James Lovegrove's Sherlock Holmes and the Beast of the Stapletons was published by Titan Books in October 2020.

About James Lovegrove:

James Lovegrove is the New York Times bestselling author of The Age of Odin. He was shortlisted for the Arthur C. Clarke Award in 1998 and the John W. Campbell Memorial Award in 2004, and reviews fiction for the Financial Times. He is the author of Firefly: Big Damn Hero with Nancy Holder, Firefly: The Magnificent Nine, and Firefly: The Ghost Machine, along with several Sherlock Holmes novels. He lives in south-east England.

Click here to visit his official website.

About Sherlock Holmes and the Beast of the Stapletons:

New York Times bestselling author James Lovegrove's continues the story of Sherlock Holmes and The Hound of the Baskervilles, as five years later, another monstrous creature stalks across Dartmoor...

1894. The monstrous Hound of the Baskervilles has been dead for five years, along with its no less monstrous owner, the naturalist Jack Stapleton. Sir Henry Baskerville is living contentedly at Baskerville Hall with his new wife Audrey and their three-year-old son Harry.

Until, that is, Audrey's lifeless body is found on the moors, drained of blood. It would appear some fiendish creature is once more at large on Dartmoor and has, like its predecessor, targeted the unfortunate Baskerville family.

Sherlock Holmes and Dr Watson are summoned to Sir Henry's aid, and our heroes must face a marauding beast that is the very stuff of nightmares. It seems that Stapleton may not have perished in the Great Grimpen Mire after all, as Holmes believed, and is hell-bent on revenge...

REVIEW: SHERLOCK HOLMES AND THE BEAST OF THE STAPLETONS BY JAMES LOVEGROVE

James Lovegrove's Sherlock Holmes and the Beast of the Stapletons is a beautifully written mystery novel to everybody who loves Sherlock Holmes stories. It's an impressive sequel to Sir Arthur Conan Doyle's The Hound of the Baskervilles.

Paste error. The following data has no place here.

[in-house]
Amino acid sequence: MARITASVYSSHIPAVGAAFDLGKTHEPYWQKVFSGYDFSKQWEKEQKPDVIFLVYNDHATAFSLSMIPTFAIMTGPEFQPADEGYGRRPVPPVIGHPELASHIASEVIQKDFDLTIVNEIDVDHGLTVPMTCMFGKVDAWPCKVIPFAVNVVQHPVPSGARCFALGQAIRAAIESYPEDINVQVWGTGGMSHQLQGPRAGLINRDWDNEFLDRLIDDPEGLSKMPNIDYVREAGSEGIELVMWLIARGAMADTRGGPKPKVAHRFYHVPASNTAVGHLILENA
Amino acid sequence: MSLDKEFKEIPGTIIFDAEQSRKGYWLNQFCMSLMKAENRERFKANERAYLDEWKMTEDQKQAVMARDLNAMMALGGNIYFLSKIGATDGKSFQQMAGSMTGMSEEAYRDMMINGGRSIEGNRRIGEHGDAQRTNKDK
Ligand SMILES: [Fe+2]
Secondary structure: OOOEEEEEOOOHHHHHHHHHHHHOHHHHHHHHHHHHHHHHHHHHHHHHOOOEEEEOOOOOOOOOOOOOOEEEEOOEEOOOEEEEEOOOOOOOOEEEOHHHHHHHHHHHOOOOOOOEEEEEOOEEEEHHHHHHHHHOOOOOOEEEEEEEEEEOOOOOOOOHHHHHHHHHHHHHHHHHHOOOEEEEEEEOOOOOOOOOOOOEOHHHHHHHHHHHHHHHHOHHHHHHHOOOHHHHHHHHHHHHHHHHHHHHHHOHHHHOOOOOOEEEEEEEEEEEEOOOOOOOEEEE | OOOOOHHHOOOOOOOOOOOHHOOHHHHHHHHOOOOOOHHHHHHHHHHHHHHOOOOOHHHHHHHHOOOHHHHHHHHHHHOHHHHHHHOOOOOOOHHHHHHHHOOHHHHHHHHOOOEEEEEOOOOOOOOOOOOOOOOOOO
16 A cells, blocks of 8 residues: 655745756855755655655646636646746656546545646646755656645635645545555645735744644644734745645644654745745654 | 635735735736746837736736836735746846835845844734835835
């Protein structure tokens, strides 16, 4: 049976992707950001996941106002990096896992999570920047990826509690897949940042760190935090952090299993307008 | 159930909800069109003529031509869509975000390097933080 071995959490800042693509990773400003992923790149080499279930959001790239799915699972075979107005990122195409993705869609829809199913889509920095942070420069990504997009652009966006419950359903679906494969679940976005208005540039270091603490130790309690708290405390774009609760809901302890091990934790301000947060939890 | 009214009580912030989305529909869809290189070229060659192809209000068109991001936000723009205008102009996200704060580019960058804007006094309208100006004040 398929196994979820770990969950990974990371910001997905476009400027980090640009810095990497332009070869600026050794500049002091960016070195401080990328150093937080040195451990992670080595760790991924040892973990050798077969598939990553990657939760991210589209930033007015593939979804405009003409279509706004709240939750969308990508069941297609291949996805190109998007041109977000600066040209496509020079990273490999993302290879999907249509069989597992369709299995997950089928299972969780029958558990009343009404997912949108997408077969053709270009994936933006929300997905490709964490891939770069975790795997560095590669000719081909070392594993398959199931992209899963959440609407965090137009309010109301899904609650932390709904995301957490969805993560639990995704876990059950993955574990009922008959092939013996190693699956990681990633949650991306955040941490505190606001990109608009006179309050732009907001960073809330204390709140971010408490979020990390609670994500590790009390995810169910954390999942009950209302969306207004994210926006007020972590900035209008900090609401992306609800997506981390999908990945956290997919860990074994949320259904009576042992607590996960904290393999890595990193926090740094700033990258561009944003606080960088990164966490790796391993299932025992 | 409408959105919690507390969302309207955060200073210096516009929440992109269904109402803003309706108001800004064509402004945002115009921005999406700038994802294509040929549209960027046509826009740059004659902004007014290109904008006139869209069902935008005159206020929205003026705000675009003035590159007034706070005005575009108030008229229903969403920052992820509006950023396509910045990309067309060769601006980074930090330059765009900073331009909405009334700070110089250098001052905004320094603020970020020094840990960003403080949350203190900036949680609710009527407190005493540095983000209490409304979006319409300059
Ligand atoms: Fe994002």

Ah, what a pleasure it was to read this novel! Being a fan of the original Sherlock Holmes stories, I'm more than happy to say that this novel is worthy of being in the same league as Sir Arthur Conan Doyle's famous stories, because it reads like a good old-fashioned Sherlock Holmes story. When compared to Doyle's stories, the only difference is that this novel has a slightly more modern and sharper edge to it.

This mystery novel has all the necessary elements to keep the reader intrigued: adventure, intrigue, strangeness and excellent prose. The story will please readers of mystery fiction and speculative fiction alike, because it has elements of both genres. Although this novel is largely a mystery novel, it has a few elements that will fascinate speculative fiction readers (elements related to the possible mysterious monster and exsanguination shall undoubtedly be of interest to many readers).

The story begins with Sherlock Holmes and Dr Watson receiving information about an old acquaintance of theirs needing urgent help due to an acute crisis. The acquaintance in question is Henry Baskerville whom Holmes and Watson met a few years earlier. This time, it's not only Henry's life that is at stake, but his very sanity. Holmes and Watson hear that Henry's wife, Audrey, has been killed a short distance from the Baskerville Hall in a gruesome way. The rumour has it that she was killed by a monster. What makes her death strange is the fact that the body is completely drained of blood...